Imagine your head is being suspended or even pulled up. Then relax your body down. This way your body makes a straight line. You might even feel slight, stretchy tension in your back. This will make you look taller.

Some people say to tuck your tail bone so your butt won’t stick out. I just say keep your body relaxed and your tail bone loose. But you can experiment with a mirror or a video camera to see which way you look better.

Pull your shoulders back—squeeze your shoulder blades together.
This lifts your chest. Some people don’t pull them back far enough—so they look slouched over. Or they pull back too much and look like they’re trying too hard.

The correct position is pulling them back so your shoulder blades flatten into your back. Another way to know is when your earlobes align with the middle of your shoulders.

Also what you can do is put your back on the wall and flatten your shoulder to on the wall. Walk away from the wall and keep your shoulders in that position as long as possible. But remember what I mentioned before, err in side of exaggeration.

Relax your shoulders.
This may seem contradictory to pulling your shoulders back. This just means your shoulders should be down, not up at your ears. In fact, the only part suspended should be your head.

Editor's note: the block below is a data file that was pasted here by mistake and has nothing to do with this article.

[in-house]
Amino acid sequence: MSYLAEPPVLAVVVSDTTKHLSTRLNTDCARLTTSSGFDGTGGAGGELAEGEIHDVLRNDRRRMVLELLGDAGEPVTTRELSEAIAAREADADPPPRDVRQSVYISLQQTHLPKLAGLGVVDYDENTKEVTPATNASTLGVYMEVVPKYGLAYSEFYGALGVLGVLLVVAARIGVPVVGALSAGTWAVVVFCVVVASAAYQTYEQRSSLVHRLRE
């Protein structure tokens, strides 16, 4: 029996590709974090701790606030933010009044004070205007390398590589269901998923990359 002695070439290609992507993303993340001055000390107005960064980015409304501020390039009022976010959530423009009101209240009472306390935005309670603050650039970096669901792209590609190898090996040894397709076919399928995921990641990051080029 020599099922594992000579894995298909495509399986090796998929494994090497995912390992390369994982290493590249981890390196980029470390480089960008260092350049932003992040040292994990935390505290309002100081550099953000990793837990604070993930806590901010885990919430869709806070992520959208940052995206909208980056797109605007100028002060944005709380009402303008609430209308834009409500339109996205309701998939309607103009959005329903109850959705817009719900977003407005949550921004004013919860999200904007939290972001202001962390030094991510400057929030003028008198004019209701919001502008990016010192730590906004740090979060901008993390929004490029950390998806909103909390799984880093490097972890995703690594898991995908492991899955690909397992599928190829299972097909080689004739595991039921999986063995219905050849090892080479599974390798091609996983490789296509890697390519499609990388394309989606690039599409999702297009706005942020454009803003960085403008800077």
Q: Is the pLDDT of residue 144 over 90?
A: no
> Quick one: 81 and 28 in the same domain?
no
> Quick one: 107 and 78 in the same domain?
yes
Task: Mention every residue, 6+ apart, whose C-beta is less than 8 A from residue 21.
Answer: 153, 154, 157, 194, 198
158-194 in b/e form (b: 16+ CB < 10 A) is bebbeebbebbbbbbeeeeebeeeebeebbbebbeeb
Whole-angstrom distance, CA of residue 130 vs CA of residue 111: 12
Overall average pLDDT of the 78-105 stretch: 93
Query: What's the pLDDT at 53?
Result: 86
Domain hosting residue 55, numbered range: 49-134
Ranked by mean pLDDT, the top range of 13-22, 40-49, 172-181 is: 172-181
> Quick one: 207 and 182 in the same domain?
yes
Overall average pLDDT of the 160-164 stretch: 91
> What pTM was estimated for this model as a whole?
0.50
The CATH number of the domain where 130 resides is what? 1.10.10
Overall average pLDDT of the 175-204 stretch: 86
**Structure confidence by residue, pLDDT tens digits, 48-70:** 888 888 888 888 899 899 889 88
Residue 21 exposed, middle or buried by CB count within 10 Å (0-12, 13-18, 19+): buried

If you’re having trouble with relaxing your shoulders, shrug your shoulders up high as possible. Then drop them. Also, try relaxing your elbows down. That helps in keeping your shoulders relaxed.

Look straight ahead.
Don’t look up because you’ll look arrogant. Don’t look down because you’ll look shy and insecure. Just look straight ahead.

If worst comes to worst, err in looking up than looking down. Do not look down at any costs, unless you’re watching your step. If you catch yourself looking down, immediately look up to the horizon. This is crucial for confidence.

When you look straight ahead, you’ll look much more confident. Then when you’re interacting with someone, you can…